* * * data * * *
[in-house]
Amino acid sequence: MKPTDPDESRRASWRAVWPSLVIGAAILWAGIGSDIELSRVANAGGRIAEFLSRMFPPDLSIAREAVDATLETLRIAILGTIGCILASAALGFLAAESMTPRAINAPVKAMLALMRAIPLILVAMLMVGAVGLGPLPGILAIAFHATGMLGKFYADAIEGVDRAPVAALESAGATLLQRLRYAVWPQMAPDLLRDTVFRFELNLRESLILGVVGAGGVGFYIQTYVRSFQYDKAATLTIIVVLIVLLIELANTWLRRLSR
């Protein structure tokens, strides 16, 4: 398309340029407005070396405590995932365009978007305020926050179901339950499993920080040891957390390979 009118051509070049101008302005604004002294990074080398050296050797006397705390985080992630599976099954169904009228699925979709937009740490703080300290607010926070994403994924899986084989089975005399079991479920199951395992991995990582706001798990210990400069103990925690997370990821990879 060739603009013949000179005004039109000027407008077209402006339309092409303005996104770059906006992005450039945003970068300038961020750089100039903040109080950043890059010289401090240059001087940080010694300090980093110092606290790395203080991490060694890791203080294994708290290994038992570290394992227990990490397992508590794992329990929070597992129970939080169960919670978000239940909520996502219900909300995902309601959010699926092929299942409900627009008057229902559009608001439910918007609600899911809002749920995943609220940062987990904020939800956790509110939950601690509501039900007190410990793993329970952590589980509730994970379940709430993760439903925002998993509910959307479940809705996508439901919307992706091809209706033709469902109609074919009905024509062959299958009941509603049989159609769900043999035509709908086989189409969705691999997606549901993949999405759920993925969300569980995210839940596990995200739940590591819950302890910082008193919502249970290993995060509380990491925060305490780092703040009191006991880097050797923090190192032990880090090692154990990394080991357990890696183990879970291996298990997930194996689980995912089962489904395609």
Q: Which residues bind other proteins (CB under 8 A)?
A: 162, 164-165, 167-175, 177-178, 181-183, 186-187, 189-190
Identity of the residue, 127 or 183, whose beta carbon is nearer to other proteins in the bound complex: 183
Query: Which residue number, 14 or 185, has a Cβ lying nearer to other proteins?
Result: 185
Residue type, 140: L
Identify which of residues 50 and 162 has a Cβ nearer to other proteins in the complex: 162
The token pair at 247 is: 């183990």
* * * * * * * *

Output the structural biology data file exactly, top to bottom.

[in-house]
Amino acid sequence: MKPTDPDESRRASWRAVWPSLVIGAAILWAGIGSDIELSRVANAGGRIAEFLSRMFPPDLSIAREAVDATLETLRIAILGTIGCILASAALGFLAAESMTPRAINAPVKAMLALMRAIPLILVAMLMVGAVGLGPLPGILAIAFHATGMLGKFYADAIEGVDRAPVAALESAGATLLQRLRYAVWPQMAPDLLRDTVFRFELNLRESLILGVVGAGGVGFYIQTYVRSFQYDKAATLTIIVVLIVLLIELANTWLRRLSR
């Protein structure tokens, strides 16, 4: 398309340029407005070396405590995932365009978007305020926050179901339950499993920080040891957390390979 009118051509070049101008302005604004002294990074080398050296050797006397705390985080992630599976099954169904009228699925979709937009740490703080300290607010926070994403994924899986084989089975005399079991479920199951395992991995990582706001798990210990400069103990925690997370990821990879 060739603009013949000179005004039109000027407008077209402006339309092409303005996104770059906006992005450039945003970068300038961020750089100039903040109080950043890059010289401090240059001087940080010694300090980093110092606290790395203080991490060694890791203080294994708290290994038992570290394992227990990490397992508590794992329990929070597992129970939080169960919670978000239940909520996502219900909300995902309601959010699926092929299942409900627009008057229902559009608001439910918007609600899911809002749920995943609220940062987990904020939800956790509110939950601690509501039900007190410990793993329970952590589980509730994970379940709430993760439903925002998993509910959307479940809705996508439901919307992706091809209706033709469902109609074919009905024509062959299958009941509603049989159609769900043999035509709908086989189409969705691999997606549901993949999405759920993925969300569980995210839940596990995200739940590591819950302890910082008193919502249970290993995060509380990491925060305490780092703040009191006991880097050797923090190192032990880090090692154990990394080991357990890696183990879970291996298990997930194996689980995912089962489904395609």
Q: Which residues bind other proteins (CB under 8 A)?
A: 162, 164-165, 167-175, 177-178, 181-183, 186-187, 189-190
Identity of the residue, 127 or 183, whose beta carbon is nearer to other proteins in the bound complex: 183
Query: Which residue number, 14 or 185, has a Cβ lying nearer to other proteins?
Result: 185
Residue type, 140: L
Identify which of residues 50 and 162 has a Cβ nearer to other proteins in the complex: 162
The token pair at 247 is: 């183990």